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bitten by the Mustang bug, he ac-

quired two other Mustangs and even-

tually sold all three to pump the

money into his business. For penance

he drove a ratty Nissan while thinking

about Ferraris, Lamborghinis and

Shelbys.

When he realized it was possible

to make decent money in his antiques

business, along with buying used cars

and fixing them up to make them reli-

able before selling them, he left the

bank. Over a period of years he figures

about fifty cars went through his

hands. He began putting all of his time

and efforts into buying and selling an-

tiques, with the goal of specializing in

higher-end objects.

Atzbach was working about 120

hours a week and doing well. He was

making a lot of contacts and was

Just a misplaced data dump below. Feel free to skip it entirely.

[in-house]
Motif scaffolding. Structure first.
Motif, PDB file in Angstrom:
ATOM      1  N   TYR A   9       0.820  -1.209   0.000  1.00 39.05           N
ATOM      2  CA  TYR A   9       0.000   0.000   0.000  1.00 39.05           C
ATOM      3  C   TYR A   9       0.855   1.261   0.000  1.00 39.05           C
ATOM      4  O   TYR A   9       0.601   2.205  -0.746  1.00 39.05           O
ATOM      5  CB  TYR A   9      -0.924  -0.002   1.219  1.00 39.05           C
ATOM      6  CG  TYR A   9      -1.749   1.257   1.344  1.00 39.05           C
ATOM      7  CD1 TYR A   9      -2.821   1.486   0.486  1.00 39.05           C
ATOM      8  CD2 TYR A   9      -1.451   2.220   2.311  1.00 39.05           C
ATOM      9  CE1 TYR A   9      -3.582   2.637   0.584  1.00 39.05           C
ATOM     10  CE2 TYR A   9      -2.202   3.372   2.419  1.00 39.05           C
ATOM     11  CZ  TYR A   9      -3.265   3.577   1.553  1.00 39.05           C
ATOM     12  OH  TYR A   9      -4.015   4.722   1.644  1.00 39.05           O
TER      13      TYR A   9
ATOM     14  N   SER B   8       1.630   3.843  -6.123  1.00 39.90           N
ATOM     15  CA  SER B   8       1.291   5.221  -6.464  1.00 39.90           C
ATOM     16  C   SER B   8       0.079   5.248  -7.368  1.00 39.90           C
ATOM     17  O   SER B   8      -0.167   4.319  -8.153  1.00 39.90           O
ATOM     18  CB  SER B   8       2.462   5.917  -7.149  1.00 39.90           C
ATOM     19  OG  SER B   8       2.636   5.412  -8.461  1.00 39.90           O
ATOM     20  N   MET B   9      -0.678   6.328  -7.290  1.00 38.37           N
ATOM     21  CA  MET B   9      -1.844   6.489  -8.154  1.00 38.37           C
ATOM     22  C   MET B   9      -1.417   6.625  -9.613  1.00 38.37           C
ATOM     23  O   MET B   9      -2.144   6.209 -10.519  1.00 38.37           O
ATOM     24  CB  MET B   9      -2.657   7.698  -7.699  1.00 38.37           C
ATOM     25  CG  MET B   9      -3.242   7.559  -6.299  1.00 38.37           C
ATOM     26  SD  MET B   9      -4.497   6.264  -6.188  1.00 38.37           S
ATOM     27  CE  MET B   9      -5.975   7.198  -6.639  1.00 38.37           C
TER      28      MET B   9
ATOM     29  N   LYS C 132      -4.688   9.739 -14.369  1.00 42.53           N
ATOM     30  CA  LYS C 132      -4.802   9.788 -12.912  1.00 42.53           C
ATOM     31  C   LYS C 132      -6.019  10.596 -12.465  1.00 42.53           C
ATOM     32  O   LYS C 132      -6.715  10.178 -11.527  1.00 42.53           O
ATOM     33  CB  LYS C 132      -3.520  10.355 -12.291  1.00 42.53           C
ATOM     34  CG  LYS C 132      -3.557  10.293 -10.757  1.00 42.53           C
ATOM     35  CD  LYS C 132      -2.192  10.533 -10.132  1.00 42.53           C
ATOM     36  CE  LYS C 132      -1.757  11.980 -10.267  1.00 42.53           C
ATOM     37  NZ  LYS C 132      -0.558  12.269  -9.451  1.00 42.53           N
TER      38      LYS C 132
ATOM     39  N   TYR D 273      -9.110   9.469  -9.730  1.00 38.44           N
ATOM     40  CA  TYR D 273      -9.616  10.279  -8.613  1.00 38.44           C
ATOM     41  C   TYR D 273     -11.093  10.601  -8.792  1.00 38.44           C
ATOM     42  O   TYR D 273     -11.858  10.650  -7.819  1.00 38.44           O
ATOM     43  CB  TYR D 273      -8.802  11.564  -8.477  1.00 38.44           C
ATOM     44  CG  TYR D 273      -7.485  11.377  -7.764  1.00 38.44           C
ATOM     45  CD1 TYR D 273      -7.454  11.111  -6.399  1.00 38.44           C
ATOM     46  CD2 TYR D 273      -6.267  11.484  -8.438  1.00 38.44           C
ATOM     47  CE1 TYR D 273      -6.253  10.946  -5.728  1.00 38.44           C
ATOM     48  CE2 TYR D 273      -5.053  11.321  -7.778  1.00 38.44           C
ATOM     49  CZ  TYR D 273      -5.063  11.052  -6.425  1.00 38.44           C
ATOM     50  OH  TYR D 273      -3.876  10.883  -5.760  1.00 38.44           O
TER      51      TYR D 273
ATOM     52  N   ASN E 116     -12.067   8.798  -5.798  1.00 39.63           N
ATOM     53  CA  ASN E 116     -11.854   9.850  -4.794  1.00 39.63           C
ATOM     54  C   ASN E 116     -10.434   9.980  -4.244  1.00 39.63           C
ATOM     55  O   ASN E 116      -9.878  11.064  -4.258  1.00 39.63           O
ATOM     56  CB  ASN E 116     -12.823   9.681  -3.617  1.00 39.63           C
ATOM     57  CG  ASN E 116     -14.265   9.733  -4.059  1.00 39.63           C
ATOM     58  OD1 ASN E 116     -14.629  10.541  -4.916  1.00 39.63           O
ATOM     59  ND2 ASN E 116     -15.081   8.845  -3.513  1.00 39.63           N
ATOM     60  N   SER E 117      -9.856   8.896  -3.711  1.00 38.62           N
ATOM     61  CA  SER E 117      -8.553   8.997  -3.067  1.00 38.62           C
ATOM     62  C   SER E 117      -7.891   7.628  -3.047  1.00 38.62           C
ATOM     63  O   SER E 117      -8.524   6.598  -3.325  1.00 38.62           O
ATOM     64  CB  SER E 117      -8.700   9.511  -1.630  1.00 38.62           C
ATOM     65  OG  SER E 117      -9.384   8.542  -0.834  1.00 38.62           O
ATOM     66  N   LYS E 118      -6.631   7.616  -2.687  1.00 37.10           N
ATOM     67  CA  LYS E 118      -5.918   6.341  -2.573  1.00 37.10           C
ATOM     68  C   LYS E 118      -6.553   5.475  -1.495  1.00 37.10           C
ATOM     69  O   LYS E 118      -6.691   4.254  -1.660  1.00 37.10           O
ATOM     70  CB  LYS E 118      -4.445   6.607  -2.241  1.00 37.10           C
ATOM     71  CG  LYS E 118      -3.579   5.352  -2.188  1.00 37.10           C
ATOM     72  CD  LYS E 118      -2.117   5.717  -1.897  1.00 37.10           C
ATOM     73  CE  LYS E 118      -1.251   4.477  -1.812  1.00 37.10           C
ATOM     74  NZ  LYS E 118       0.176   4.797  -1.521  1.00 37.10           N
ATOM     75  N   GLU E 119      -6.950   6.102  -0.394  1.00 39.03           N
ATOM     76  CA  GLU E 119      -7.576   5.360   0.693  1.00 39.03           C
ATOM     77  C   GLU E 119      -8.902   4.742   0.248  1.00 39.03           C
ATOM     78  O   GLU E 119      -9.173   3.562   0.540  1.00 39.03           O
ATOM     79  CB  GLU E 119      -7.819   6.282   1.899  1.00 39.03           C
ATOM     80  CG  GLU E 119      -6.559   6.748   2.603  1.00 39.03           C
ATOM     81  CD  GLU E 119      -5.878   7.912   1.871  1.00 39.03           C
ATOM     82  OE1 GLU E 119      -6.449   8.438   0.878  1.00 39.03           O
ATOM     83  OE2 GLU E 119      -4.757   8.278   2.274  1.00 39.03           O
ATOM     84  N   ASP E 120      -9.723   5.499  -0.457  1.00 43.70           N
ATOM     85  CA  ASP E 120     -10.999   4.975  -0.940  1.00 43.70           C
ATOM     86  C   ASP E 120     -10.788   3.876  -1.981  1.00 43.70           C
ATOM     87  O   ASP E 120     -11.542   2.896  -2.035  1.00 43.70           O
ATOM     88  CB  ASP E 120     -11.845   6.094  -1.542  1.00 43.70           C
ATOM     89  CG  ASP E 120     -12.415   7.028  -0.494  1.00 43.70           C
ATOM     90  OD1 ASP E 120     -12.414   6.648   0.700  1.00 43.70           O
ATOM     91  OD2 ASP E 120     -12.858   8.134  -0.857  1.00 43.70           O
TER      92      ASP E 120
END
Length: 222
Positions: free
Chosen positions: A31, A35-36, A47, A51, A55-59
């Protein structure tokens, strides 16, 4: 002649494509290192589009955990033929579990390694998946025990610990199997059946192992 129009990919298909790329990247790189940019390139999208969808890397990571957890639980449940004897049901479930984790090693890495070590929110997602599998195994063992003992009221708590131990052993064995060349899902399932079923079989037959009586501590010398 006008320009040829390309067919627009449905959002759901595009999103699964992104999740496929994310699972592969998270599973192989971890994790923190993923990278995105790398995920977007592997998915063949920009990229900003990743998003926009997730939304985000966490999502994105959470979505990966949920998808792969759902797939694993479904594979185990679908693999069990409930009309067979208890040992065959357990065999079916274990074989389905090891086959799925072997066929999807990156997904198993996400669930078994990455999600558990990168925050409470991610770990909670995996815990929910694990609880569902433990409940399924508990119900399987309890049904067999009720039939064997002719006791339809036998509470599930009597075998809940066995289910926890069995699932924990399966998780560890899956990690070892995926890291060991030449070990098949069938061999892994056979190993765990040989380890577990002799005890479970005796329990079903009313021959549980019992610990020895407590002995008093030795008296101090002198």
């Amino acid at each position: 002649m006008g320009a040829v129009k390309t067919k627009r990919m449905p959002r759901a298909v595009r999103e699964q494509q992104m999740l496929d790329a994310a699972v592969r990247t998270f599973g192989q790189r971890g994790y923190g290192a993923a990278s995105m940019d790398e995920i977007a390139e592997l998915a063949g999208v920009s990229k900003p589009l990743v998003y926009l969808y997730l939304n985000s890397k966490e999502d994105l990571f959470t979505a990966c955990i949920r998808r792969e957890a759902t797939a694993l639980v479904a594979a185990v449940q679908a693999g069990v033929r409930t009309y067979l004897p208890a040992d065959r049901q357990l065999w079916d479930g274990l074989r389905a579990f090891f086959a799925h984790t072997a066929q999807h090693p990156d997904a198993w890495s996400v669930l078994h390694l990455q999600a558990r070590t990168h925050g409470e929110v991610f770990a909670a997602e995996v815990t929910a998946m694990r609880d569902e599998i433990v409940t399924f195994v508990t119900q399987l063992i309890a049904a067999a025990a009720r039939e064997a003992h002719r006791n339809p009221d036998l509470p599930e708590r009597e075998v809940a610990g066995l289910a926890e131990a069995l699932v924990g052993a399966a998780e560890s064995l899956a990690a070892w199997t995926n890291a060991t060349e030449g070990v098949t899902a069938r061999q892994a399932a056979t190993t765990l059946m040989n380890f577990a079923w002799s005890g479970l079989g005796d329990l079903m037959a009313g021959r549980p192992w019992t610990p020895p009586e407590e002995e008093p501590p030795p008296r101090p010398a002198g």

building up an impressive inventory.

But he felt himself getting burned-out.

He was so busy making money that he

had no time to spend it. That’s when

he went to the Monterey car week

with the intention of buying a Shelby

at one of the auctions. He came home

with a ‘68 GT500KR (which he still

has) and a Boss 302. His life was be-

ginning to acquire some meaning.

The SHELBY AMERICAN

Collecting always starts with a car. Some people own only one and collect stuff. Others

collect only cars. But usually both go hand-in-hand. Atzbach’s collection of cars is

nowhere near his memorabilia collection, but he has managed to snag a few historically

important examples. For example, he has half of all the 1966 GT350 convertibles made.

And what about the petrolania? That might be a new word for you. Atzbach says he just

likes the gas and oil signs. He also has a small room that has nothing but outdoor ther-

mometers, the kind you used to see at gas stations, candy stores, burger joints and malt

shops pitching just about every brand of soda pop you can name.

Winter 2016 65

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